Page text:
Simplicity of the Gospel

These reflections are based on a talk given by the current Presiding Bishop, Bishop Gerald Causse, in October 2008 General Conference. He spoke of how simple the Gospel is – even so that a child could understand.

Some people have the idea that “they have to look for [God] in intellectually complicated concepts,” – just look at the Nicene Creed! However, Bishop Causse makes the very valid point: “God would indeed be unjust if the gospel were only accessible to an intellectual elite.” He quoted President John Taylor as saying it takes true intelligence to take a complicated subject and make it so simple that a child could understand.

Christ was a great example of this as His statements to the logic of the Pharisees were always simple and crystal clear. I love a scripture he quoted in Jacob 4:14  that explains how this “blindness…by looking beyond the mark…” meant the Jews were given complicated concepts – as that was what they were searching for.

The Gospel of Jesus Christ is indeed such an amazing thing as the plainness of it means anyone can know that Jesus is the Christ, the Saviour and Redeemer of the World – without being an “intellectual elite”.


5 thoughts on “Simplicity of the Gospel

  1. I am grateful for your comment and of course I am aware that not all people will believe the concepts being taught here. A lot of the principles taught in religion, not just The Church of Jesus Christ of Latter-day Saints, are based on a foundation of faith. If someone does not view these things through the Spirit of the Lord then they will, indeed, seem foolish to them. So I do understand where you are coming from.
    I’m sure that having researched so deeply into the Book of Mormon you must have actually read the book for yourself? If so, all I would suggest is that you pray and ask God if the book is true. Only He can truly give you the answers to questions you have. It may not be the scientific proof you seek – but then again, scientific proof often evolves and contradicts itself over time.


    1. I have to admit, I’m puzzled by your perspective. Proper science is testable, reproducible, and peer-reviewed. While we do continually discover more about the world around us and evolve our scientific understanding, I view that as a huge positive for science rather than a negative. Science is willing to adapt and change to new knowledge. It accepts its errors because it has no care for authority; it only desires to provide better and better explanations for how the world works.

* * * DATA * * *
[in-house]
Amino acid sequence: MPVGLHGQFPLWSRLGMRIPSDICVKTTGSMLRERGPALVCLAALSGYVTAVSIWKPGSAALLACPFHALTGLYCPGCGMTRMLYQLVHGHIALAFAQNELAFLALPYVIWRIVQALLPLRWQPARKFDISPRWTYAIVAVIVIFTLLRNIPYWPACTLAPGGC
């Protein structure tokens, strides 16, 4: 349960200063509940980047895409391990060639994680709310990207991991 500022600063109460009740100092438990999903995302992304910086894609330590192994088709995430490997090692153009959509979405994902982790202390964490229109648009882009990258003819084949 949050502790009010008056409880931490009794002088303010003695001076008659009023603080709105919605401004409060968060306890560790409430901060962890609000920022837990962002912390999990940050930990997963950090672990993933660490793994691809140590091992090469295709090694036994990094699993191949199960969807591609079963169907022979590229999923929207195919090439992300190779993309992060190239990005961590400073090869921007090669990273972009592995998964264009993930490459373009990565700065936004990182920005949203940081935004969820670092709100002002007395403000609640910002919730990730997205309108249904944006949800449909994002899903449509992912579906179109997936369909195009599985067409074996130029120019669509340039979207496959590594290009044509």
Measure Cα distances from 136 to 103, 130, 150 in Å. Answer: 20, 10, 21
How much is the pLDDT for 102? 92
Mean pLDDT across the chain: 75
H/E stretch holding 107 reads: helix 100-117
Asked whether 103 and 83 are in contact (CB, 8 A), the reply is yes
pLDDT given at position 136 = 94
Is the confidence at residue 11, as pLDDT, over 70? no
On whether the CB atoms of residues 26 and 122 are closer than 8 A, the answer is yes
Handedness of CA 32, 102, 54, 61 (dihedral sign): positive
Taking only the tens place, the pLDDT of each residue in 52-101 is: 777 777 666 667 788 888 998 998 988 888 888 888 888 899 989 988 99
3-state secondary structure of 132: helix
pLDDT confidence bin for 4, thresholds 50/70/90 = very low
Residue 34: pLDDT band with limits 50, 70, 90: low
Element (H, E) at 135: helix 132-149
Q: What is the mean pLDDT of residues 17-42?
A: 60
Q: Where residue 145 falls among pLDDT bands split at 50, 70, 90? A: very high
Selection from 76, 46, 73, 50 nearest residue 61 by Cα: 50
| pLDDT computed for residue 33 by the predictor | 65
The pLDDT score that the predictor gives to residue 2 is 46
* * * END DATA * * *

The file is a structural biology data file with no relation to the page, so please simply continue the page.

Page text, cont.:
Religion, on the other hand, has showed itself throughout human history to be extremely resistant to change. Most prominent world religions still rely on ancient mythology: nonsensical stories that defy what science has now allowed us to understand. No longer are we susceptible to believing that Zeus is the cause of lightning or that water can be turned into wine. Yet these supernatural stories persist because to rationally reject them would be to also reject their sources. Religion literally has sacred cows.

      You mention faith as though it represents a beacon of truth, shining for all to see and follow. Yet there are countless mutually exclusive religions in the world all claiming that faith shows their particular beliefs are true while all others are false. If prayer or faith were dependable and consistent, why would there be such a gigantic diversity in religious beliefs?

      We can and should analyze Mormonism through the lens of science. Objective evidence helps remove bias and reduces the effect of emotional reactions. It provides a measuring stick, a standard for determining whether a claim should be taken seriously. Take for example the Book of Abraham.

      Joseph claimed that it was written by Abraham’s own hand. Yet science clearly shows the papyri to be much more recent than the time of Abraham. Furthermore, we can now translate ancient Egyptian properly. The facsimiles and papyri can be easily understood by unbiased experts. Joseph’s supposed translations now stand as clear fabrications, bearing no resemblance to the actual meaning of the Egyptian characters.

      If this was in the realm of science, the Book of Abraham would be accepted as false, the work of a charlatan. But because it is in the realm of religion, the Mormon leaders cannot afford to reject it. To do so would call into question their founder’s integrity, status as a prophet, and ability as a translator of ancient records.


      1. Once again, thank you for your comments. I can see you have thought a lot about this matter and it’s great to discuss these important issues. I have heard all of these arguments before and they are very logical – however, I cannot deny the witness I have received from a power greater than my own understanding that the things I have mentioned are true.
        I am sure this discussion could go on and if you would like to continue it I’m more than happy – however I do not think it would be appropriate on a public blog. If you wish I can send you my email if you want to discuss further. However, I will always debate my faith with things that have strengthened my faith (e.g. scriptures, spiritual witnesses etc) – if you are looking for a scientific answer to the questions you are asking then I can tell you now you’ll be disappointed 😉


    1. Thanks for the invitation to link up – I’ll leave it this month as I don’t have any post on General Conference (the only post I did I kept private as it included personal thoughts and revelation) but I will keep an eye out for events in future!


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